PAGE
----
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Fort Bragg Officially Renamed From Confederate General

Fort Bragg Officially Renamed From Confederate General
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Fort Bragg has been officially renamed to Fort Liberty — removing its association with a Confederate general.

In a small but important step for Black service members, Fort Bragg has been officially renamed as Fort Liberty — removing its association with a Confederate general.

The base in North Carolina had been named for Confederate General Braxton Bragg, a slave-owner and figure associated with the loss of key battles in the Civil War. The decision to rename the fort was first announced in March, while the official ceremony taking place Friday.

“The name changes, the mission does not change,” base spokesperson Cheryle Rivas said before the ceremony.

The name "Fort Liberty" honors “the heroism, sacrifices, and values of the Soldiers, Service Members, Civilians, and Families who live and serve with this installation,” the fort's officials wrote in a news release. “We view this as the next chapter in our history and look forward to honoring the stories of our military heroes from every generation and walk of life."

Lieutenant General Christopher Donahue, the commanding general of the XVIII Airborne Corps and Fort Liberty, said that “liberty has always been ingrained in this area," noting that “Fayetteville in 1775 signed one of the first accords declaring our willingness to fight for liberty and freedom from Great Britain."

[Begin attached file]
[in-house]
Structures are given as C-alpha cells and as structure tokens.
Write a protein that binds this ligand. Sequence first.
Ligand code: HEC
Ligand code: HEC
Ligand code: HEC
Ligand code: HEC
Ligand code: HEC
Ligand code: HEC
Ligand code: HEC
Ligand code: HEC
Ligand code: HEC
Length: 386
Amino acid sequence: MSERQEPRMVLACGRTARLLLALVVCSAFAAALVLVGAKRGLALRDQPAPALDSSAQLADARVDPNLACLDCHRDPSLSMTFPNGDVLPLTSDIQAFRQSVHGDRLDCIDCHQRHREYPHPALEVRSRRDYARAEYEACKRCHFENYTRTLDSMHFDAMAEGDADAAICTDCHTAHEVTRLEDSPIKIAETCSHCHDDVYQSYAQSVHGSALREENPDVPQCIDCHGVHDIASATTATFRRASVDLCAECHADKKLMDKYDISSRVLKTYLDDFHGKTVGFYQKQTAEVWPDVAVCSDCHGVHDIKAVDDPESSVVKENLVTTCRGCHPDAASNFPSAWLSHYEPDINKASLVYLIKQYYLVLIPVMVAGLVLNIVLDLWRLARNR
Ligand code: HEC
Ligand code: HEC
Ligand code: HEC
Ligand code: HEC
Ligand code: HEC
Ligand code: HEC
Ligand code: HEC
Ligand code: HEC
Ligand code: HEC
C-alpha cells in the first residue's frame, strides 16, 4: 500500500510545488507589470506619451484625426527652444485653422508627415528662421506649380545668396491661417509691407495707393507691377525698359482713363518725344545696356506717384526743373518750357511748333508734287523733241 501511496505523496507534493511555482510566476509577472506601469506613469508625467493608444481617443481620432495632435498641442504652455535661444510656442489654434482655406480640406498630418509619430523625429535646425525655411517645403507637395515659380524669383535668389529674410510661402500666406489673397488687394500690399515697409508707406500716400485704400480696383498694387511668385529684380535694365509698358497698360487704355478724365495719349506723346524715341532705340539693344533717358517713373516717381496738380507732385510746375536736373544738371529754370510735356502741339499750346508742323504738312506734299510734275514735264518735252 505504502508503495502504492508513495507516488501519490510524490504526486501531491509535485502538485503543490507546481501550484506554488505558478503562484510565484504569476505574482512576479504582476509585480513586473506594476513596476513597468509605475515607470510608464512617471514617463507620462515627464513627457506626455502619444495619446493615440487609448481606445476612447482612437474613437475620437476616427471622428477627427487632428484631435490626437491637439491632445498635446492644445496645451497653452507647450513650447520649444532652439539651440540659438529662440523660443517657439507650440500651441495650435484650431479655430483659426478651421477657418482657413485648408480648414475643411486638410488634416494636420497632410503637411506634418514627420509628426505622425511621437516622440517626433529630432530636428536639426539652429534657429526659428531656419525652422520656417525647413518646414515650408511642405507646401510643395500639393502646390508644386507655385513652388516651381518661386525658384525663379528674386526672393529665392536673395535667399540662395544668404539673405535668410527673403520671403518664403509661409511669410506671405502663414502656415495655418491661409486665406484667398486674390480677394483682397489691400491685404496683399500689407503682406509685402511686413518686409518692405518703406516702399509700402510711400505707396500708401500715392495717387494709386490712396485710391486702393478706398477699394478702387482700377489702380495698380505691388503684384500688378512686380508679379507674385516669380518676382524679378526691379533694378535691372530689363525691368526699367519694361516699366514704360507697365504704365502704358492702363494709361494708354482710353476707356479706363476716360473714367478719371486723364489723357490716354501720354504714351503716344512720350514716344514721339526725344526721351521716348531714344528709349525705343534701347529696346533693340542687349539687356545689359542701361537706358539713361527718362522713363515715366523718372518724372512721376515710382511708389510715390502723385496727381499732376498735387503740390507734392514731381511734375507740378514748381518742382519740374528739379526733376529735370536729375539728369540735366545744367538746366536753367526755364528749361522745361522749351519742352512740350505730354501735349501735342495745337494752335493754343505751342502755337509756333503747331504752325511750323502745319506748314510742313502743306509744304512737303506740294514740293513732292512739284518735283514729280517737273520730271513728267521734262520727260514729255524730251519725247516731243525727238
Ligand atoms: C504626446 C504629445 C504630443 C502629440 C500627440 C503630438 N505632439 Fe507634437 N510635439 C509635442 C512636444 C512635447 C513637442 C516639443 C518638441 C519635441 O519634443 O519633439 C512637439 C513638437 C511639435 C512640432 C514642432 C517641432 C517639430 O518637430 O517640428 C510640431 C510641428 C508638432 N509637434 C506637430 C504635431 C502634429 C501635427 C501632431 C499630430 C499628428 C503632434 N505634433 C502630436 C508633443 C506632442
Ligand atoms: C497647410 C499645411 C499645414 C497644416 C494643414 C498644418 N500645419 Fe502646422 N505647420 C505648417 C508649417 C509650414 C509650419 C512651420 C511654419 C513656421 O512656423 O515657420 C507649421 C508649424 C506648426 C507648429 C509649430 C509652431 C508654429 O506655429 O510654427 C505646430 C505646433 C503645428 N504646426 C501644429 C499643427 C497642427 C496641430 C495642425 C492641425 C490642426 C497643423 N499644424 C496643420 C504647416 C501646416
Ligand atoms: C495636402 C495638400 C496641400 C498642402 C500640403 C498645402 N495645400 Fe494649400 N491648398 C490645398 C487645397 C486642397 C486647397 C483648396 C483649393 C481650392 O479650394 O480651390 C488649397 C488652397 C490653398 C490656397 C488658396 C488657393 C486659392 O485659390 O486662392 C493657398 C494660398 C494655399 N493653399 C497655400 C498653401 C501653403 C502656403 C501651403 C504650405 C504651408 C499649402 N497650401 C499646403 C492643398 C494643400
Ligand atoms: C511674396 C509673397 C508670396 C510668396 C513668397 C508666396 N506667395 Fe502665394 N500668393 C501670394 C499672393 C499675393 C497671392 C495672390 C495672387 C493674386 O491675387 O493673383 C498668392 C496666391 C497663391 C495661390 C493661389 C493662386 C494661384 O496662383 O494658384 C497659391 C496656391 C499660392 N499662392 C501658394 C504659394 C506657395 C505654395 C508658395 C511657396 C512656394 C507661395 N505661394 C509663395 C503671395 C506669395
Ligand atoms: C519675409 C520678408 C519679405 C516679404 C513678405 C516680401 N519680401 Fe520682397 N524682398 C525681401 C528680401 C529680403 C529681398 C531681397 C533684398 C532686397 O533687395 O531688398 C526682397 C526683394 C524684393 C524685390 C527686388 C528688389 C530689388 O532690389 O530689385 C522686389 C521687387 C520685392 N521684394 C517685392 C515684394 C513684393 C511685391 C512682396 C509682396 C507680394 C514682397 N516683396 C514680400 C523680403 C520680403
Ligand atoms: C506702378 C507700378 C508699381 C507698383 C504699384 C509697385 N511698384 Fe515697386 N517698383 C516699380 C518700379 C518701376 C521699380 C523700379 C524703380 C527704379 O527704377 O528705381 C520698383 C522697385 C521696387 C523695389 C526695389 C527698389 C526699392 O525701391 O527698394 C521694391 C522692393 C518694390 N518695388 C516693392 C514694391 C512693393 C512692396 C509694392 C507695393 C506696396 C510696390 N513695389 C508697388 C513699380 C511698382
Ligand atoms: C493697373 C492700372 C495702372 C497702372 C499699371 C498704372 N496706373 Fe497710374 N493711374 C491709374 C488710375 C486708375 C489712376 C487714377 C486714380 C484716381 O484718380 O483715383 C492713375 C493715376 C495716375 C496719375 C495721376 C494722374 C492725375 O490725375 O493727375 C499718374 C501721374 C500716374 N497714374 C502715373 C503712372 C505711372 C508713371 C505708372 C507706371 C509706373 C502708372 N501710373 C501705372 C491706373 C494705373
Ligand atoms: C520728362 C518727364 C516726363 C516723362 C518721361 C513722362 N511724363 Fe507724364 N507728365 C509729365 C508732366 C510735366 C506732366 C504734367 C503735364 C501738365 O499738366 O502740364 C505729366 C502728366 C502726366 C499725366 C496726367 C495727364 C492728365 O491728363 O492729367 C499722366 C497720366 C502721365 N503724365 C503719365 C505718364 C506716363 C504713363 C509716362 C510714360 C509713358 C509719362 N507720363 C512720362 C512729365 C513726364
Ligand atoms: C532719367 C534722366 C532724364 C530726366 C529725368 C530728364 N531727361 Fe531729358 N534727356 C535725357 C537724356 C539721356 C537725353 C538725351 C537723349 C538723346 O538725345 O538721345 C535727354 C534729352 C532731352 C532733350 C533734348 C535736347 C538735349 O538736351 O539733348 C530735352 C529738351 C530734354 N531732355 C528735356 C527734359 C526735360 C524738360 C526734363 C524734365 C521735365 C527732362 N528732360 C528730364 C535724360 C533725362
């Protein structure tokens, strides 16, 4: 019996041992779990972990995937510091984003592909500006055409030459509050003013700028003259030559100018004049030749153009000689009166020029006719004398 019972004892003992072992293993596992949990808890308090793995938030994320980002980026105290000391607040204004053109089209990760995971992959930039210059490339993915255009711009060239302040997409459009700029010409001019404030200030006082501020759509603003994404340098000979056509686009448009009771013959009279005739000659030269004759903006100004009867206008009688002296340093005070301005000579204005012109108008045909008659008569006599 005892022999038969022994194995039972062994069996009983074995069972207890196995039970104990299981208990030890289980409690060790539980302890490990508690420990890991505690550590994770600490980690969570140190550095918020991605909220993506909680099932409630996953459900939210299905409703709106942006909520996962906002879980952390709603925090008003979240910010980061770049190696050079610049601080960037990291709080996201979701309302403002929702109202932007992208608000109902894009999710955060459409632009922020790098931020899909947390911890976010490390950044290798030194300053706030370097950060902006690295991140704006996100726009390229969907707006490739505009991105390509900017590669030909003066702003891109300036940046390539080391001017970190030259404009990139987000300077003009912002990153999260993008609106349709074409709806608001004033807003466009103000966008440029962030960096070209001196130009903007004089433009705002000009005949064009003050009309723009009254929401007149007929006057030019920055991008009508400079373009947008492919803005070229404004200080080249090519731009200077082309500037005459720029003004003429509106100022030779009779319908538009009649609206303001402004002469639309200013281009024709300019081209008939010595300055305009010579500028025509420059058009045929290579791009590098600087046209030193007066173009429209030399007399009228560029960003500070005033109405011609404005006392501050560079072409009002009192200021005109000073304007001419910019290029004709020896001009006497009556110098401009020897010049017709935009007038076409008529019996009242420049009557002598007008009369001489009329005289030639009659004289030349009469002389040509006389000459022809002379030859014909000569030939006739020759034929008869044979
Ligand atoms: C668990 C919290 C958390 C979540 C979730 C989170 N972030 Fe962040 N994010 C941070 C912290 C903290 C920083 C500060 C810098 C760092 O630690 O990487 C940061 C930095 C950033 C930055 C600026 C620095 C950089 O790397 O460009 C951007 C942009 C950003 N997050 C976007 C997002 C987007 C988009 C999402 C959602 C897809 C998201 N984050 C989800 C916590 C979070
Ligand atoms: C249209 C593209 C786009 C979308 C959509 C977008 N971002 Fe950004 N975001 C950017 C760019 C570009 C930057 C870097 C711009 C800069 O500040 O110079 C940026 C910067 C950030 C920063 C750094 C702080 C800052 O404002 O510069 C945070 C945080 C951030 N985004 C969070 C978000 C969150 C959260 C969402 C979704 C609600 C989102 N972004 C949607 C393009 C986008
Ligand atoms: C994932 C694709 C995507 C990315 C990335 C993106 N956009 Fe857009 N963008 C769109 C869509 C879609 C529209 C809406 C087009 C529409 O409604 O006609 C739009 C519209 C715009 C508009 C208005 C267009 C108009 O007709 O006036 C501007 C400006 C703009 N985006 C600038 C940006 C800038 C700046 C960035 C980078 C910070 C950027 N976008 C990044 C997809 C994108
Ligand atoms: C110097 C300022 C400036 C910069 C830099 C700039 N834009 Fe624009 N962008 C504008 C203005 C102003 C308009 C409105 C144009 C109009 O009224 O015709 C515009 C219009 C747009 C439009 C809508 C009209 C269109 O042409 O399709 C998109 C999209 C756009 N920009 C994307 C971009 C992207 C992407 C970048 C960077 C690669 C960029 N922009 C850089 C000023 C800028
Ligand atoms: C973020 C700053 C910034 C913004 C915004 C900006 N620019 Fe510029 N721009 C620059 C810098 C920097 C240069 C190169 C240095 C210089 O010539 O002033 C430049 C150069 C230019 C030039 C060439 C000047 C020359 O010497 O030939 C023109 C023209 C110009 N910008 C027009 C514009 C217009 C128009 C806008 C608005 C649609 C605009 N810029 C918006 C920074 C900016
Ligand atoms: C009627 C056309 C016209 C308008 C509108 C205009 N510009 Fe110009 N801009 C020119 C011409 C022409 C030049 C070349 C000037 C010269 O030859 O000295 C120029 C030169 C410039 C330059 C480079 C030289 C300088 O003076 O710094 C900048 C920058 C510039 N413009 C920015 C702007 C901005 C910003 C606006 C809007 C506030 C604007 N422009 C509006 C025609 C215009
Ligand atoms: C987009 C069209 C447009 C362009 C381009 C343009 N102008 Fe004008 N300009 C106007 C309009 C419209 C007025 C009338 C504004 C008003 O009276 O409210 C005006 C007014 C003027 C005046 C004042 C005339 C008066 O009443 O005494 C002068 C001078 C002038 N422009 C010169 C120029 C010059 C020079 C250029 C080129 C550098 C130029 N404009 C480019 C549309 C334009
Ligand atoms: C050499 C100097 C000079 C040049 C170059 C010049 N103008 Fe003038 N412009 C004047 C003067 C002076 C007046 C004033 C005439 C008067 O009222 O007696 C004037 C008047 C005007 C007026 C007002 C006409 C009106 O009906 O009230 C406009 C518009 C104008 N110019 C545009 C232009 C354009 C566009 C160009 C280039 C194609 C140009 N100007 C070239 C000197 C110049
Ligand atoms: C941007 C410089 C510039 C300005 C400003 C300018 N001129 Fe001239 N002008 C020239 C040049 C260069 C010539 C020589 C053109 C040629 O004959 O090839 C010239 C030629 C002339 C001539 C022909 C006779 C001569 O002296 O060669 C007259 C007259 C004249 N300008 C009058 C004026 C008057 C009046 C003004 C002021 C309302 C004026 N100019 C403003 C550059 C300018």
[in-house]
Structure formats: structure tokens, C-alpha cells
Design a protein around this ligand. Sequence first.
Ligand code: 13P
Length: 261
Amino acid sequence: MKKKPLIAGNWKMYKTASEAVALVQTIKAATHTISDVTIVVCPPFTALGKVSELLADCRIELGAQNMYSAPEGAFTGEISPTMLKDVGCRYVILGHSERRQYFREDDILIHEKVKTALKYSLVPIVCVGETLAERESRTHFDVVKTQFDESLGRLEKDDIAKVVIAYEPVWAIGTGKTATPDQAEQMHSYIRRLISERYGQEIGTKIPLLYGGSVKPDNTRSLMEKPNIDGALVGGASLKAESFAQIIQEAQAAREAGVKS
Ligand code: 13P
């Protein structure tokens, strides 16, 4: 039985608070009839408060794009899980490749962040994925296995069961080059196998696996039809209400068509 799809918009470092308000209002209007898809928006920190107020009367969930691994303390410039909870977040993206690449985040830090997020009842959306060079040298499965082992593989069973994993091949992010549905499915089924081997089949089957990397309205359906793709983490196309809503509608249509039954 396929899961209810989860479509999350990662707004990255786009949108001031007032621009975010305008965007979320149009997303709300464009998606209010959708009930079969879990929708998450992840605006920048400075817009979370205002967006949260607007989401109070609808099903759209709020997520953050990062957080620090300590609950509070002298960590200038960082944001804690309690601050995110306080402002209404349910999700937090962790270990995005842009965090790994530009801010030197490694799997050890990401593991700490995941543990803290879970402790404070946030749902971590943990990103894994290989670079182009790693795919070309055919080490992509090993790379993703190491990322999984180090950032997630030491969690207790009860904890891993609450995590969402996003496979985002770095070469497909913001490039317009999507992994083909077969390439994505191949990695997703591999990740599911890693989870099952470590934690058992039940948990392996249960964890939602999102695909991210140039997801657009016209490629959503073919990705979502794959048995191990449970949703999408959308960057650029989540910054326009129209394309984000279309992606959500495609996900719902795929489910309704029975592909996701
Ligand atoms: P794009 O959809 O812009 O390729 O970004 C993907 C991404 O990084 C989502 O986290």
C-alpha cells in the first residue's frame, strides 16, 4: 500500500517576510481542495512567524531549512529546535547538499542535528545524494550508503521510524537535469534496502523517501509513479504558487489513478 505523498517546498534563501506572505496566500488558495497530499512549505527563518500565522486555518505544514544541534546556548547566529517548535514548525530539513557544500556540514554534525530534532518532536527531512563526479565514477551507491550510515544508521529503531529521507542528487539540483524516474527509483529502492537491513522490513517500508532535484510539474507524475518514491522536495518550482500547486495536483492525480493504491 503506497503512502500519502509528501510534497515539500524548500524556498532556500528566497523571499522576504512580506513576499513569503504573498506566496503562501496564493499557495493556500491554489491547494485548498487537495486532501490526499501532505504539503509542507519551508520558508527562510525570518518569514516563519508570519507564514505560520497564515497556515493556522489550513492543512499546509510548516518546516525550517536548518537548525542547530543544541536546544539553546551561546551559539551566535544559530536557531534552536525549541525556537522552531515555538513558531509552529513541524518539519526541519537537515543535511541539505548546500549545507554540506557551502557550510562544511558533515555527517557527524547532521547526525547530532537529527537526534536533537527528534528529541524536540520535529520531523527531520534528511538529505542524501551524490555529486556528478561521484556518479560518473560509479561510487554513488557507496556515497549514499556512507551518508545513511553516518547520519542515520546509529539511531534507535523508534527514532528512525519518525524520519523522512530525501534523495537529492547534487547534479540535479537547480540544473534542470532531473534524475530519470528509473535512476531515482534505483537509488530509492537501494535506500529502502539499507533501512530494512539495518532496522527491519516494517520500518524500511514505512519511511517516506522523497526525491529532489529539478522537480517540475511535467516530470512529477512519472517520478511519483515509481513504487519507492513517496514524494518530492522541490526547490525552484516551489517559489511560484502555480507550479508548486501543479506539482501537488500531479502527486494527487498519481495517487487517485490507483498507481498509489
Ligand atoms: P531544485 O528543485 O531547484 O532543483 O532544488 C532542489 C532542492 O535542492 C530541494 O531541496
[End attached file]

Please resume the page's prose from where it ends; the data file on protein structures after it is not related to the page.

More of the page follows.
“We were given a mission, we accomplished that mission and we made ourselves better," he said.

Following the 2020 protests over the death of George Floyd, which sparked national conversations on racism, a US Department of Defense initiative sought to rename military installations that were named after Confederate figures. Fort Liberty is the latest to undergo this process, but is significant for its position as one of the largest military installations in the world by population.

Isiah James, senior policy officer at the Black Veterans Project, said that the renamings are “long overdue."

“America should not have vestiges of slavery and secessionism and celebrate them,” he said. “We should not laud them and hold them up and venerate them to where every time a Black soldier goes onto the base, they get the message that this base Bragg is named after someone who wanted to keep you as human property.”

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